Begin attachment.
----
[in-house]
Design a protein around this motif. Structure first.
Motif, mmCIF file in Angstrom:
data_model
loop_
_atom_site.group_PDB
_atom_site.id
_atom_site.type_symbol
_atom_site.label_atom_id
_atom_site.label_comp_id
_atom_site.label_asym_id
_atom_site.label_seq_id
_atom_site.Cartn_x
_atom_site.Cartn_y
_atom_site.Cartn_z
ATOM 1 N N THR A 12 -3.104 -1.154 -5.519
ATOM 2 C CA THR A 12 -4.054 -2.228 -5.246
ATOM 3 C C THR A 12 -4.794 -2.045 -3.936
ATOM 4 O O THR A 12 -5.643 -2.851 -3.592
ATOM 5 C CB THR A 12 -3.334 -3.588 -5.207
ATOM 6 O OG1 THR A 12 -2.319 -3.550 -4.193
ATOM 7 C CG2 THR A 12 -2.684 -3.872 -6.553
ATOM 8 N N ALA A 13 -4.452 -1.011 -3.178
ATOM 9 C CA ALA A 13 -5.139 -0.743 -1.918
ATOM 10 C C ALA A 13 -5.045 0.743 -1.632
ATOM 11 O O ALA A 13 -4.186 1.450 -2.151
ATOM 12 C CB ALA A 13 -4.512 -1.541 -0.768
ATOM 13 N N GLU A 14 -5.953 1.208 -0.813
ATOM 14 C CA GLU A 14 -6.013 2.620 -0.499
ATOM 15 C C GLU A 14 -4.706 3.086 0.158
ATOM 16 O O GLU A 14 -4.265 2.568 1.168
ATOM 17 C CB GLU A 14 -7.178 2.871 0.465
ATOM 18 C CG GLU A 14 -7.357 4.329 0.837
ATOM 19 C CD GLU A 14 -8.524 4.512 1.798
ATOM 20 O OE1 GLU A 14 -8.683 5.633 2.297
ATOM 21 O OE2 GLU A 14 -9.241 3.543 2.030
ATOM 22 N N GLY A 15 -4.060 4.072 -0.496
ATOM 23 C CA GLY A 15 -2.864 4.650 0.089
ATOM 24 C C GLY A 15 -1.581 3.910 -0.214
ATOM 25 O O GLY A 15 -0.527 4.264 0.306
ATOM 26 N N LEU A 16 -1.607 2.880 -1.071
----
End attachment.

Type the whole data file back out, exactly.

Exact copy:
[in-house]
Design a protein around this motif. Structure first.
Motif, mmCIF file in Angstrom:
data_model
loop_
_atom_site.group_PDB
_atom_site.id
_atom_site.type_symbol
_atom_site.label_atom_id
_atom_site.label_comp_id
_atom_site.label_asym_id
_atom_site.label_seq_id
_atom_site.Cartn_x
_atom_site.Cartn_y
_atom_site.Cartn_z
ATOM 1 N N THR A 12 -3.104 -1.154 -5.519
ATOM 2 C CA THR A 12 -4.054 -2.228 -5.246
ATOM 3 C C THR A 12 -4.794 -2.045 -3.936
ATOM 4 O O THR A 12 -5.643 -2.851 -3.592
ATOM 5 C CB THR A 12 -3.334 -3.588 -5.207
ATOM 6 O OG1 THR A 12 -2.319 -3.550 -4.193
ATOM 7 C CG2 THR A 12 -2.684 -3.872 -6.553
ATOM 8 N N ALA A 13 -4.452 -1.011 -3.178
ATOM 9 C CA ALA A 13 -5.139 -0.743 -1.918
ATOM 10 C C ALA A 13 -5.045 0.743 -1.632
ATOM 11 O O ALA A 13 -4.186 1.450 -2.151
ATOM 12 C CB ALA A 13 -4.512 -1.541 -0.768
ATOM 13 N N GLU A 14 -5.953 1.208 -0.813
ATOM 14 C CA GLU A 14 -6.013 2.620 -0.499
ATOM 15 C C GLU A 14 -4.706 3.086 0.158
ATOM 16 O O GLU A 14 -4.265 2.568 1.168
ATOM 17 C CB GLU A 14 -7.178 2.871 0.465
ATOM 18 C CG GLU A 14 -7.357 4.329 0.837
ATOM 19 C CD GLU A 14 -8.524 4.512 1.798
ATOM 20 O OE1 GLU A 14 -8.683 5.633 2.297
ATOM 21 O OE2 GLU A 14 -9.241 3.543 2.030
ATOM 22 N N GLY A 15 -4.060 4.072 -0.496
ATOM 23 C CA GLY A 15 -2.864 4.650 0.089
ATOM 24 C C GLY A 15 -1.581 3.910 -0.214
ATOM 25 O O GLY A 15 -0.527 4.264 0.306
ATOM 26 N N LEU A 16 -1.607 2.880 -1.071